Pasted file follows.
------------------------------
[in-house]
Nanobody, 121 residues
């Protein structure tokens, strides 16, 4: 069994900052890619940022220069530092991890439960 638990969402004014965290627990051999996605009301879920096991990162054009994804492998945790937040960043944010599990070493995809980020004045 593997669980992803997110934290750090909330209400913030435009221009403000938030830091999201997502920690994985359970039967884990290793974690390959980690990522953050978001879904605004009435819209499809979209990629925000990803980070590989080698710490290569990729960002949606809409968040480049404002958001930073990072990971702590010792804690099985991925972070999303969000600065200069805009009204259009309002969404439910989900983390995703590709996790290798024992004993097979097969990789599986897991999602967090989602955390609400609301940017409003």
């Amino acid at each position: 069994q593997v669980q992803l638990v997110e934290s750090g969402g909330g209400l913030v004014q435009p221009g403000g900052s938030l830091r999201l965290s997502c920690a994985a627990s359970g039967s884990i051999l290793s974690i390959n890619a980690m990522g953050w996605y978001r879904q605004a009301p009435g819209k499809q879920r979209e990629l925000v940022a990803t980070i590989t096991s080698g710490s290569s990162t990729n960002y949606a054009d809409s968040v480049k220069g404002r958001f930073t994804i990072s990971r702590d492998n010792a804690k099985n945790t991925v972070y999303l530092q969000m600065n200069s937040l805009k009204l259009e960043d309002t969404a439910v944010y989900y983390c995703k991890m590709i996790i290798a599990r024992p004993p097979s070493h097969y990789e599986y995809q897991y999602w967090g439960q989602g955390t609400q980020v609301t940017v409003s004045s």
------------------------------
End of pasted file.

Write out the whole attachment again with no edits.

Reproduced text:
[in-house]
Nanobody, 121 residues
């Protein structure tokens, strides 16, 4: 069994900052890619940022220069530092991890439960 638990969402004014965290627990051999996605009301879920096991990162054009994804492998945790937040960043944010599990070493995809980020004045 593997669980992803997110934290750090909330209400913030435009221009403000938030830091999201997502920690994985359970039967884990290793974690390959980690990522953050978001879904605004009435819209499809979209990629925000990803980070590989080698710490290569990729960002949606809409968040480049404002958001930073990072990971702590010792804690099985991925972070999303969000600065200069805009009204259009309002969404439910989900983390995703590709996790290798024992004993097979097969990789599986897991999602967090989602955390609400609301940017409003």
């Amino acid at each position: 069994q593997v669980q992803l638990v997110e934290s750090g969402g909330g209400l913030v004014q435009p221009g403000g900052s938030l830091r999201l965290s997502c920690a994985a627990s359970g039967s884990i051999l290793s974690i390959n890619a980690m990522g953050w996605y978001r879904q605004a009301p009435g819209k499809q879920r979209e990629l925000v940022a990803t980070i590989t096991s080698g710490s290569s990162t990729n960002y949606a054009d809409s968040v480049k220069g404002r958001f930073t994804i990072s990971r702590d492998n010792a804690k099985n945790t991925v972070y999303l530092q969000m600065n200069s937040l805009k009204l259009e960043d309002t969404a439910v944010y989900y983390c995703k991890m590709i996790i290798a599990r024992p004993p097979s070493h097969y990789e599986y995809q897991y999602w967090g439960q989602g955390t609400q980020v609301t940017v409003s004045s």